Thus, the present study investigates the speech motor control and auditory feedback processing during speech in participants with the 16p11.2 deletion. In particular, we assessed (1) how quickly participants reacted to changes in auditory feedback, and (2) how well they could learn from their auditory feedback. We made these assessments by examining two well-studied phenomena: (1) The pitch perturbation reflex is seen when the pitch of speakers’ auditory feedback of their ongoing speech is suddenly and unexpectedly perturbed20. Speakers quickly respond to such perturbations (within 100–200 ms) by compensating (i.e., changing their pitch to negate the perceived effect of the pitch perturbation). The pitch perturbation reflex thus measures how speakers immediately react to auditory feedback for online speech error monitoring and correction. (2) Speech sensorimotor adaptation can be seen when the formants of speakers’ auditory feedback are consistently altered on repeated vowel productions21,22. Such formant alterations change how speakers perceive their vowel sounds: the vowel they hear in their auditory feedback does not match the vowel they intended to produce. Speakers respond to this mismatch by adapting their vowel productions over repeated trials, with each successive production changed to more fully counter the perceived effects of the formant alterations. Speech sensorimotor adaptation thus measures how well speakers can use auditory feedback to incorporate long-term changes in their speech production. Both the pitch perturbation reflex and speech sensorimotor adaptation response have proven to be sensitive indicators of abnormal speech feedback processing in other neurological conditions23,24,25, and were therefore natural choices for assessing feedback processing in our participants.

Methods

Participants

Twelve 16p11.2 deletion carriers (three females and nine males, mean age = 12.4, SD = 3.2, range = 8.3–18.3) and six unaffected siblings (one female and 5 males, mean age = 12.8, SD = 1.5, range = 11.3–15.4) were enrolled from the 2015 Simon’s Variation in Individuals Project Family Meeting in Falls Church, VA. The study was offered to attendees as a speech and hearing study. In addition, five neurotypical control participants (two females and three males, mean age = 12.4, SD = 1.8, range = 10.3–14.2) were recruited through community advertisement. Subjects were matched for age across the groups-deletion carriers, unaffected sibling controls and neurotypical controls, F(2,20) = 0.037, p = 0.96. Inclusion criteria were (1) presence of a BP4-BP5 16p11.2 deletion, sibling of a participant with a BP4-BP5 16p11.2 deletion who did not have the 16p11.2 deletion or any other known genetic or neuropsychiatric disorder, or neurotypical control (2) age range of 8–18 years, and (3) ability to produce a sustained phonation (e.g., say “ah” for 2–3 seconds). Informed consent and assent were obtained and all procedures were approved by and were performed in accordance with the requirements of the Committee on Human Research at University of California-San Francisco.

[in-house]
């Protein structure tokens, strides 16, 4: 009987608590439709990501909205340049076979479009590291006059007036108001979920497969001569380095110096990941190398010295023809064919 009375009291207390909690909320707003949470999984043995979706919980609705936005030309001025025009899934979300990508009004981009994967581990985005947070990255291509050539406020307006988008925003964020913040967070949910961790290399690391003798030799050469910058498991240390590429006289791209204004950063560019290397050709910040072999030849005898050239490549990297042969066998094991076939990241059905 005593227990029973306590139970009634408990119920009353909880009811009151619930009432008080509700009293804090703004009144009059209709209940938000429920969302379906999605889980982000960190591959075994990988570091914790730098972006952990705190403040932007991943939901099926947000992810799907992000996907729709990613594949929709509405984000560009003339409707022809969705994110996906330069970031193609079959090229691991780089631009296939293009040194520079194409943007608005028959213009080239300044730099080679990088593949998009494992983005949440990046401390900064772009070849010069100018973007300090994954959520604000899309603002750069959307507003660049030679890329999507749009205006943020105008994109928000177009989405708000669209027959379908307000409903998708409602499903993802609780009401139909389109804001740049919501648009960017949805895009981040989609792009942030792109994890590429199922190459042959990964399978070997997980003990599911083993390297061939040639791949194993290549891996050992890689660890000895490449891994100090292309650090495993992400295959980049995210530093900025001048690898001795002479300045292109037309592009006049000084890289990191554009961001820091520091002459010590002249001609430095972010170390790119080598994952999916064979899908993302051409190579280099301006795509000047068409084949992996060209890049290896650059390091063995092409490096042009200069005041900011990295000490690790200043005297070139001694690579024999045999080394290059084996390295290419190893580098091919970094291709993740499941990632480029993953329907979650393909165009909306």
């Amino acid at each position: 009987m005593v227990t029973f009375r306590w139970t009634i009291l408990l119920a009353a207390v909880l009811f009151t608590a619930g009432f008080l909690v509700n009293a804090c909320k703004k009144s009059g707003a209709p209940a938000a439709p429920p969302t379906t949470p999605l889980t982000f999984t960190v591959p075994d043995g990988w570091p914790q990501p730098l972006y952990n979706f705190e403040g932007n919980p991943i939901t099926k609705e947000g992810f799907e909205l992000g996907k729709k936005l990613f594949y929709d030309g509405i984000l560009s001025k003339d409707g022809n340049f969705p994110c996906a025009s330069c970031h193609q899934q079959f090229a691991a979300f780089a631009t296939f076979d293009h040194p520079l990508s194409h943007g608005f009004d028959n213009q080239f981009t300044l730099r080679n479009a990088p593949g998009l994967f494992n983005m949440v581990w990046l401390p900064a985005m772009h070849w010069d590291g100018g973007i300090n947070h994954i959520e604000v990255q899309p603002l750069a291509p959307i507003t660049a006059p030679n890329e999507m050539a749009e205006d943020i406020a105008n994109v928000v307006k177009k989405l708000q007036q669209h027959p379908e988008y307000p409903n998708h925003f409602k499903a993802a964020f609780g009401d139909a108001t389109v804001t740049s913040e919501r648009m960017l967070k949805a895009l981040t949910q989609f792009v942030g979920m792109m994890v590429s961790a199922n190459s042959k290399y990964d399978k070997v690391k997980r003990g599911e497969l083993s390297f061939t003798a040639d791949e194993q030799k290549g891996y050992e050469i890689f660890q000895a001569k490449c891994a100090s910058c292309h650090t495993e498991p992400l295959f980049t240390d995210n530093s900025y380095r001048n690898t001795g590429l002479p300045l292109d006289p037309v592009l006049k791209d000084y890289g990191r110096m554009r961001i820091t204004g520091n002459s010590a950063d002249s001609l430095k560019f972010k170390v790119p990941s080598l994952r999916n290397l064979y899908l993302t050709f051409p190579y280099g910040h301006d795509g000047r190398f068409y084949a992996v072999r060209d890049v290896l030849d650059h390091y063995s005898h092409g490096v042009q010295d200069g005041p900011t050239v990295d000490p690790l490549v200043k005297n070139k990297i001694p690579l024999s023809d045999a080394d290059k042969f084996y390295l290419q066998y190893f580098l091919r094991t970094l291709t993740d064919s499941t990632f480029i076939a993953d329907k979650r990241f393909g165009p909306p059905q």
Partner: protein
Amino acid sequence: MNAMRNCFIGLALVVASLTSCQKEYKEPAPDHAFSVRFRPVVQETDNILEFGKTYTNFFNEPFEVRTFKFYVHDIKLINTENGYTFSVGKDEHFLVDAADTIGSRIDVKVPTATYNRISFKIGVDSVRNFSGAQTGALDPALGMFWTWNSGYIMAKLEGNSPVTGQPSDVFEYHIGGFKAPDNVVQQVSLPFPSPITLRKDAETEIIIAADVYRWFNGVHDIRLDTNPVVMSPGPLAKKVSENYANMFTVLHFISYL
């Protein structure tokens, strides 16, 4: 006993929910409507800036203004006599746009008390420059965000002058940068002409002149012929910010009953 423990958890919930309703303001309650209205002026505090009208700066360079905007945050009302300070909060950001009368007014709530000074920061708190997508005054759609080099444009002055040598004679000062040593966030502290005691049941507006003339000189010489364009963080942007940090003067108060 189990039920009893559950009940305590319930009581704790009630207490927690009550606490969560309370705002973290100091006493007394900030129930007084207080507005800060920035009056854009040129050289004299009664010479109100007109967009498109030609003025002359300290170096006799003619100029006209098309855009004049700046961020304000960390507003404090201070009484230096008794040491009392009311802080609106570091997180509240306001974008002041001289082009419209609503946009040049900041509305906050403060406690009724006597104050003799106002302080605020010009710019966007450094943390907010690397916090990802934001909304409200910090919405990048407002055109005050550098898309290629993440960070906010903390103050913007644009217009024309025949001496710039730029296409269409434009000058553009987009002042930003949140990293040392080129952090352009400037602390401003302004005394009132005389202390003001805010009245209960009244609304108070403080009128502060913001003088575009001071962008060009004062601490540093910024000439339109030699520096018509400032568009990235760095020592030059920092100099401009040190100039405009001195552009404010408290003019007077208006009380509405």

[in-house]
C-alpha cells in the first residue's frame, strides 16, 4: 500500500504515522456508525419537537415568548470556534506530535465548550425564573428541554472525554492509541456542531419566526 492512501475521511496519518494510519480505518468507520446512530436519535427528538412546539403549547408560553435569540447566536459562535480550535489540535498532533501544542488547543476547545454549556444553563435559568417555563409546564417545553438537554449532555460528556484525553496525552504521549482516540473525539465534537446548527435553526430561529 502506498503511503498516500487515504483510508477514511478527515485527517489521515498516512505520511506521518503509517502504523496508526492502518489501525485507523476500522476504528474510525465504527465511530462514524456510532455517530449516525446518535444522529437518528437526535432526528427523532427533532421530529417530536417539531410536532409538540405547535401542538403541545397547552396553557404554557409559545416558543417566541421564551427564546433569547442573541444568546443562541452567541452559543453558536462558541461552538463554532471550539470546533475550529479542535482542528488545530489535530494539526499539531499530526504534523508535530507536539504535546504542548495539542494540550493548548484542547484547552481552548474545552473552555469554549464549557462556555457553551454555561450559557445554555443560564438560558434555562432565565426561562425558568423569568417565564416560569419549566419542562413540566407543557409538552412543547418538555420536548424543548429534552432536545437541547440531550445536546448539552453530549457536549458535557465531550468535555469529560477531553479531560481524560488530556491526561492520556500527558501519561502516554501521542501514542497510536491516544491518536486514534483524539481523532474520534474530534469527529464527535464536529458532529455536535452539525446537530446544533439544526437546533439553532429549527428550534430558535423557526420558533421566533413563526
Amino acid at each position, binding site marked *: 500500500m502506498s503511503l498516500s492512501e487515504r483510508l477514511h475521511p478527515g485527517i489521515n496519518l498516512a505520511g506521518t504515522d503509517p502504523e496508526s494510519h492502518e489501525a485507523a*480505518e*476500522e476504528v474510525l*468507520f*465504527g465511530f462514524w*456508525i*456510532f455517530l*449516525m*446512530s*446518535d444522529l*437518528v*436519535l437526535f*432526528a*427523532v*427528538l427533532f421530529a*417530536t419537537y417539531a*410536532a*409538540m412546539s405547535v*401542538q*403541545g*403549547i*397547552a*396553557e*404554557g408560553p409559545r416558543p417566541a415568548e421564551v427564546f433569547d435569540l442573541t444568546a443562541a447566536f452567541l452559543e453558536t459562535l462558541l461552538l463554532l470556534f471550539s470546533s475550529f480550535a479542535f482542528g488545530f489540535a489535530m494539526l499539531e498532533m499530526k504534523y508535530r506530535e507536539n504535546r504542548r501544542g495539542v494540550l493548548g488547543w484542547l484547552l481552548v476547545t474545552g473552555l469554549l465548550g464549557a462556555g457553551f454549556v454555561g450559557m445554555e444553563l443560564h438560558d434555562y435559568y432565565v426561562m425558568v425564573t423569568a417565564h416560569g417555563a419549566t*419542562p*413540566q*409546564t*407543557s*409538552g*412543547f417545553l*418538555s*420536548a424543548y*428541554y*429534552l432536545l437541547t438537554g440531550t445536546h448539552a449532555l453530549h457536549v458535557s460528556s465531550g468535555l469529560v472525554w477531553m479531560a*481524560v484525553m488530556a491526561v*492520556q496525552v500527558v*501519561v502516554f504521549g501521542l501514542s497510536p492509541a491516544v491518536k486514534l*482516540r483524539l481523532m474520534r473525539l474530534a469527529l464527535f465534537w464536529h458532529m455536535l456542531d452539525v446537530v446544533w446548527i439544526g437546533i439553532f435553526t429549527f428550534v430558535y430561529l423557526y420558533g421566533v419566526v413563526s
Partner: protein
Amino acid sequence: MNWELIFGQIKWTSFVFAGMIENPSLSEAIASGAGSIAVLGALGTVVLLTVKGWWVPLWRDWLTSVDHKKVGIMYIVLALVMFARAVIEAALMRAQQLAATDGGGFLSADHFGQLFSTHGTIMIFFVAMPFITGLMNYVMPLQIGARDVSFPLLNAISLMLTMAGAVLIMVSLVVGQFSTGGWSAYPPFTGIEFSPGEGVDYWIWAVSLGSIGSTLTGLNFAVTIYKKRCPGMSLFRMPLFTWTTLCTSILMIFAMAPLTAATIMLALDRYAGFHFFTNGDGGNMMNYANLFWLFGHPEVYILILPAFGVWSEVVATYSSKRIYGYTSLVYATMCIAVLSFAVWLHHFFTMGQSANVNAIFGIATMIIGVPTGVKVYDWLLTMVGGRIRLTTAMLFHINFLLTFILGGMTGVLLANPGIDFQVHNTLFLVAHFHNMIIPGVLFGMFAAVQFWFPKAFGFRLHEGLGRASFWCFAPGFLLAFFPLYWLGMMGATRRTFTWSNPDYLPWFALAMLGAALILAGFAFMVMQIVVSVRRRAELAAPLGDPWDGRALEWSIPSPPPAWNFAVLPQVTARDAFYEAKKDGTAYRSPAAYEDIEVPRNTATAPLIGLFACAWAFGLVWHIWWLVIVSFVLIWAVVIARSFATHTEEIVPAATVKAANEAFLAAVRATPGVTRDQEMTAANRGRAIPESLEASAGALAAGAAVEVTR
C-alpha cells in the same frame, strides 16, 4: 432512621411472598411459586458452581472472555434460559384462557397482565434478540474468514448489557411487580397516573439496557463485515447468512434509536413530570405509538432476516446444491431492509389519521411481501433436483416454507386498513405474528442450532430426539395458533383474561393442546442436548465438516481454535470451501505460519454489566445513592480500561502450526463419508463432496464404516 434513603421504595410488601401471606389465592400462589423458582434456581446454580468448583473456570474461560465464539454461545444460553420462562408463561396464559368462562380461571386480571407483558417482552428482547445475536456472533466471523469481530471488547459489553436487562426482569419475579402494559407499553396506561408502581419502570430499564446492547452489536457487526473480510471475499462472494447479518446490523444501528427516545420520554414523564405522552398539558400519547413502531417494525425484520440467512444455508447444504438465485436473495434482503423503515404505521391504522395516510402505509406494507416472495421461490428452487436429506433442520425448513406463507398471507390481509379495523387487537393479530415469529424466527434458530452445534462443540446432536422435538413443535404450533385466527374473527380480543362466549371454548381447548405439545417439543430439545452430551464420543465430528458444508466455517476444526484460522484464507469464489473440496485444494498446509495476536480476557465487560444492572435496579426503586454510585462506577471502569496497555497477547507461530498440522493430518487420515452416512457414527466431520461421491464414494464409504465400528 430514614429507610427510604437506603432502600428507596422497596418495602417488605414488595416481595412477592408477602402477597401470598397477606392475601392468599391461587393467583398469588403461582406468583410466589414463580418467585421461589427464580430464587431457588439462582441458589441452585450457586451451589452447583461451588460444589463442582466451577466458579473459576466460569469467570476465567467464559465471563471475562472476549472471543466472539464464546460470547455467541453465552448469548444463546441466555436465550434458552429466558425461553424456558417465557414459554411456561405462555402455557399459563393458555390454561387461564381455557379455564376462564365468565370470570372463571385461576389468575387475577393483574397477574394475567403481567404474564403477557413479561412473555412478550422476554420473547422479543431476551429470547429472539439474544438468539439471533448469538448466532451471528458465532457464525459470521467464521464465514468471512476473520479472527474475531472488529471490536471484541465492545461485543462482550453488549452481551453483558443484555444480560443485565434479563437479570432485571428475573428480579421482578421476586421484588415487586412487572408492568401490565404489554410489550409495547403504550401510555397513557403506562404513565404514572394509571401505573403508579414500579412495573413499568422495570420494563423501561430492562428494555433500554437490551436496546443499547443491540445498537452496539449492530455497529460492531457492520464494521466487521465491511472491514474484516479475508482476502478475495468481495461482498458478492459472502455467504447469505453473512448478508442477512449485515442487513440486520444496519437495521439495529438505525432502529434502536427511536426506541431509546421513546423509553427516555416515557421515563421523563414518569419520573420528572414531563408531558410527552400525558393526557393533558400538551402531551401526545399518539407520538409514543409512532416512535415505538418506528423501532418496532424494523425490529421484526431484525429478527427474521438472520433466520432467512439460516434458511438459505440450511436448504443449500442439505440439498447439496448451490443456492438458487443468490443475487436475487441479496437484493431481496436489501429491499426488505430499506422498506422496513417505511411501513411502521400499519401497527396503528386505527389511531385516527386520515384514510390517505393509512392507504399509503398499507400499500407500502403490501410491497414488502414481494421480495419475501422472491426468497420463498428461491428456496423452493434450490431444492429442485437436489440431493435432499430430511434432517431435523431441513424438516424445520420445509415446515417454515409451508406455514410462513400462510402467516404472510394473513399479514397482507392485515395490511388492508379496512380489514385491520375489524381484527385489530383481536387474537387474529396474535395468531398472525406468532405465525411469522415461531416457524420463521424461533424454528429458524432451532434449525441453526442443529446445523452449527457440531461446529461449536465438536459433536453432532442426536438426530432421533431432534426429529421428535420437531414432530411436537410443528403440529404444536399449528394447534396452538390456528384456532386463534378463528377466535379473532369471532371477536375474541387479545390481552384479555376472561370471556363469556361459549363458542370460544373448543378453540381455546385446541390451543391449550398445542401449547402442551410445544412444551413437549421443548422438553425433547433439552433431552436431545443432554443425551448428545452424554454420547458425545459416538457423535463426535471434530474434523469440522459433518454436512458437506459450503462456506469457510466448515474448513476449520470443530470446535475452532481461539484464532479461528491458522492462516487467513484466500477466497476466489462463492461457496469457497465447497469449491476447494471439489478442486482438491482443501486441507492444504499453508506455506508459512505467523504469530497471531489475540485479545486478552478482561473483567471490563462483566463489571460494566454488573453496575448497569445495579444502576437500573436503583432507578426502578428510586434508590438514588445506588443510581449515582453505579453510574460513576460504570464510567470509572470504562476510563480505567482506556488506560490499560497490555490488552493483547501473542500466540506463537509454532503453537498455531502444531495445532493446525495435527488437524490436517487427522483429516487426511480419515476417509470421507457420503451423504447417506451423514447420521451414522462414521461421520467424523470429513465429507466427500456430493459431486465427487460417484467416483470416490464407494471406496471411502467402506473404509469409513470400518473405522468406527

Measures

Participants were assessed on two measures of sensitivity to auditory feedback during speech: a Pitch Perturbation Task and a Formant Adaptation Task. For both of these tasks the auditory feedback the participant hears while speaking is altered in real time. To identify potential confounds related to hearing abilities, auditory brainstem responses (ABRs) were also assessed for participants with the 16p11.2 deletion and their siblings. In the 16p11.2 deletion group, time constraints prevented two participants from completing the ABR task and three from completing the speech production tasks. Additionally, one participant discontinued participation in the study due to extreme sound sensitivity to the ABR task stimuli. In the neurotypical control group, one participant was excluded from the speech adaptation task due to technical issues.

Pitch Perturbation Task

This task measured subjects’ immediate corrective responses to unexpected perturbations of the pitch of the auditory feedback of their ongoing speech. In each trial, participants produced and sustained the vowel sound, “ah”, for at least 2.5 seconds into a microphone. Speech from the microphone was sent through a digital signal processing (DSP) system before being returned to the subjects’ headphones as auditory feedback of their speech. The DSP was capable of altering speech feedback (in either pitch or formant frequencies) in real time (12 ms feedback delay)26,27,28. During each trial the participant’s auditory feedback was randomly raised or lowered in pitch by 1/12th of an octave (+/−100 cents) at a variable lag from speech onset for 400 ms duration (Fig. 1). This process was repeated for 74 trials with an inter-trial interval of 2.5 seconds. This task measures how quickly participants adjust their speech within each trial in order to compensate for the perceived speech error created by the mid-vocalization pitch perturbation. The compensation is subtle, and the participants may not be aware of it. Peak magnitude of compensation is determined by peak response change from pre- to post-perturbation baseline by: cents change = 100 × [12 × log2(pitch response peak (Hz)/mean pitch frequency of pre-perturbation baseline (Hz))]27. Baseline begins at voice onset and ends at onset of perturbation. For statistical comparison between groups, the mean of the peak compensation for each subject was calculated by extracting the peak deviation from baseline pitch in each trial and computing the average of the peak compensation response across trials. Peak latency from perturbation onset was also computed.